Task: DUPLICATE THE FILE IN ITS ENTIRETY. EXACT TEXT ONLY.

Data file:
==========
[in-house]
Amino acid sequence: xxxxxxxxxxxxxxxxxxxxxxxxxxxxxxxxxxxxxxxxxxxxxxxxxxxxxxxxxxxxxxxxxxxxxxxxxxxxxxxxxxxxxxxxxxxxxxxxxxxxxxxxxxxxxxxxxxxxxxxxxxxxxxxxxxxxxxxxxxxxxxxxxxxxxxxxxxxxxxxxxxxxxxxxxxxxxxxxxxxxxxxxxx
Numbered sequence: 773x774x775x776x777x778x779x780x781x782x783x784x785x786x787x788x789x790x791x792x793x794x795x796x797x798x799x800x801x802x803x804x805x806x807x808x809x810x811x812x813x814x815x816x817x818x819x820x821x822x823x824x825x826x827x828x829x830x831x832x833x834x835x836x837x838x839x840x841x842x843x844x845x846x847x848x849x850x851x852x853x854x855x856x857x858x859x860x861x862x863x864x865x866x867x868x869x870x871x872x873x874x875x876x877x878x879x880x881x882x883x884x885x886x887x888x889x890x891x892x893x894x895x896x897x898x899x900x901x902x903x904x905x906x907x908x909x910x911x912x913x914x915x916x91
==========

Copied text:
[in-house]
Amino acid sequence: xxxxxxxxxxxxxxxxxxxxxxxxxxxxxxxxxxxxxxxxxxxxxxxxxxxxxxxxxxxxxxxxxxxxxxxxxxxxxxxxxxxxxxxxxxxxxxxxxxxxxxxxxxxxxxxxxxxxxxxxxxxxxxxxxxxxxxxxxxxxxxxxxxxxxxxxxxxxxxxxxxxxxxxxxxxxxxxxxxxxxxxxxx
Numbered sequence: 773x774x775x776x777x778x779x780x781x782x783x784x785x786x787x788x789x790x791x792x793x794x795x796x797x798x799x800x801x802x803x804x805x806x807x808x809x810x811x812x813x814x815x816x817x818x819x820x821x822x823x824x825x826x827x828x829x830x831x832x833x834x835x836x837x838x839x840x841x842x843x844x845x846x847x848x849x850x851x852x853x854x855x856x857x858x859x860x861x862x863x864x865x866x867x868x869x870x871x872x873x874x875x876x877x878x879x880x881x882x883x884x885x886x887x888x889x890x891x892x893x894x895x896x897x898x899x900x901x902x903x904x905x906x907x908x909x910x911x912x913x914x915x916x91